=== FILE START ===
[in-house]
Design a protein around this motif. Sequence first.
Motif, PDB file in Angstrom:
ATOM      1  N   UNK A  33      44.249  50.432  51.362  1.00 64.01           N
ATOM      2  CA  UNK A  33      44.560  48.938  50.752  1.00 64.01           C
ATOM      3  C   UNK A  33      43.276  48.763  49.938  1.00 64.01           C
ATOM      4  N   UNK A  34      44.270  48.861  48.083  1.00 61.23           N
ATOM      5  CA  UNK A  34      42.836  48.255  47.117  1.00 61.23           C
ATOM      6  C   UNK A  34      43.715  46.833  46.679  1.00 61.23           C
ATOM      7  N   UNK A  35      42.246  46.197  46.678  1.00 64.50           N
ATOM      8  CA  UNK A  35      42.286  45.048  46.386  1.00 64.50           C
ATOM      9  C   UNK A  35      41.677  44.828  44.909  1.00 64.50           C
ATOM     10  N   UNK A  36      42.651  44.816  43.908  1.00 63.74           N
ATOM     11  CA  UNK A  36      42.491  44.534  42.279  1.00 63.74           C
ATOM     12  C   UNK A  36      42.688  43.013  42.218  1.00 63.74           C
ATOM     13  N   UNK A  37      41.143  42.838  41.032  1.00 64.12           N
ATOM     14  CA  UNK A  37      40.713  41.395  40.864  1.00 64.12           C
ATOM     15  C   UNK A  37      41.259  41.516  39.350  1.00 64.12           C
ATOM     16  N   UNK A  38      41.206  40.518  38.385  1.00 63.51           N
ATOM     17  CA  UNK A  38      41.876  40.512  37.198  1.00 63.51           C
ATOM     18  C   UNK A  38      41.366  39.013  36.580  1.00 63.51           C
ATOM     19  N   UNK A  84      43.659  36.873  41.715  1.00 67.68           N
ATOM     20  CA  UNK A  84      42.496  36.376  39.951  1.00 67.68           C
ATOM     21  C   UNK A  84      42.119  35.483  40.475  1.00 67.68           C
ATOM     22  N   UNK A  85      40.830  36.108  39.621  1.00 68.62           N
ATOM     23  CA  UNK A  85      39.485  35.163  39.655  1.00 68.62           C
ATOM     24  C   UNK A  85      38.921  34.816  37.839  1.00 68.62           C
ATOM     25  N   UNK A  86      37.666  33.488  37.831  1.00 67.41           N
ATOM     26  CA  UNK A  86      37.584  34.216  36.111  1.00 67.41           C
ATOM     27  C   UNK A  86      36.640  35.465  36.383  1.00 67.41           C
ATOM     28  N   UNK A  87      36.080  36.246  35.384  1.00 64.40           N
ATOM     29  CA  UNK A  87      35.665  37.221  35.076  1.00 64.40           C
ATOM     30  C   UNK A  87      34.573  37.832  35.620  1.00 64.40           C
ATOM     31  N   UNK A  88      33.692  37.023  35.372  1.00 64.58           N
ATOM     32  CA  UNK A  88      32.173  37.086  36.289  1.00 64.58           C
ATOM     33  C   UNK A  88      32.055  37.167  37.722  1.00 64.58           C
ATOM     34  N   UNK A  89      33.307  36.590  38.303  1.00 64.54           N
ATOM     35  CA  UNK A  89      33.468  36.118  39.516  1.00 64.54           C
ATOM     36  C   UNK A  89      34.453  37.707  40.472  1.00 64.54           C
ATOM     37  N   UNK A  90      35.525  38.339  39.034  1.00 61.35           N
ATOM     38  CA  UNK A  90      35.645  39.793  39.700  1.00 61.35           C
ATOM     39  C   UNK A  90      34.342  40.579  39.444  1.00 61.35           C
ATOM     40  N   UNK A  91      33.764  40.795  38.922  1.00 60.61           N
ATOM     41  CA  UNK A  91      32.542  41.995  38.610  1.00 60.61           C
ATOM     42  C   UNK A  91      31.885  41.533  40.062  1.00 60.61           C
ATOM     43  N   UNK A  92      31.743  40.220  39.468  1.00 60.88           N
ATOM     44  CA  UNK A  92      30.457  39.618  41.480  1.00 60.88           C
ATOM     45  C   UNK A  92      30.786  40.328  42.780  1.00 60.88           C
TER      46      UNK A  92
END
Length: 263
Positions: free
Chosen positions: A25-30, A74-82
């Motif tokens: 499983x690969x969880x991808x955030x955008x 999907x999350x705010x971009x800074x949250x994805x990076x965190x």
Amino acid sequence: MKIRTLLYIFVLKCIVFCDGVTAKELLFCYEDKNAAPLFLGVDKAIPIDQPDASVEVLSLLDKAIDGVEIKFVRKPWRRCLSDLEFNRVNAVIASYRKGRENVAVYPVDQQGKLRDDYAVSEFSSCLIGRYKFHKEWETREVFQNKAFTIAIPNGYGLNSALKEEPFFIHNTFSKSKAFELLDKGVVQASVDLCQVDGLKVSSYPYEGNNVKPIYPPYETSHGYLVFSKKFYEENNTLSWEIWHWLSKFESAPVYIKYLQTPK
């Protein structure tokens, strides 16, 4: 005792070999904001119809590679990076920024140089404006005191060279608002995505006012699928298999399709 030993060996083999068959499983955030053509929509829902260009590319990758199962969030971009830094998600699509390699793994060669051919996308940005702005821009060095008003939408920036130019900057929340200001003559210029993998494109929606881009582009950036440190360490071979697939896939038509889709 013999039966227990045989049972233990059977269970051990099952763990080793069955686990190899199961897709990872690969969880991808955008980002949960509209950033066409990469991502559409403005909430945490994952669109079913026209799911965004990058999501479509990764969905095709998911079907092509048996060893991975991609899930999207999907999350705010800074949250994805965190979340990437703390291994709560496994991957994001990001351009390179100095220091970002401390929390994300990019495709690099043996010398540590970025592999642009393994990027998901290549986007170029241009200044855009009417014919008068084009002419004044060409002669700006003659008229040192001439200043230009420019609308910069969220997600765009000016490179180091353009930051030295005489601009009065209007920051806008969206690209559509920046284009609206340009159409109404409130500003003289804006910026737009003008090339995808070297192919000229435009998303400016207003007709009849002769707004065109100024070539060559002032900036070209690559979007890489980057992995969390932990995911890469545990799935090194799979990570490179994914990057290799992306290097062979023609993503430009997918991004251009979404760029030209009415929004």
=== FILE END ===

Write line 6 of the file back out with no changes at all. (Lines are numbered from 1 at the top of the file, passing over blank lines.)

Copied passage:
ATOM      3  C   UNK A  33      43.276  48.763  49.938  1.00 64.01           C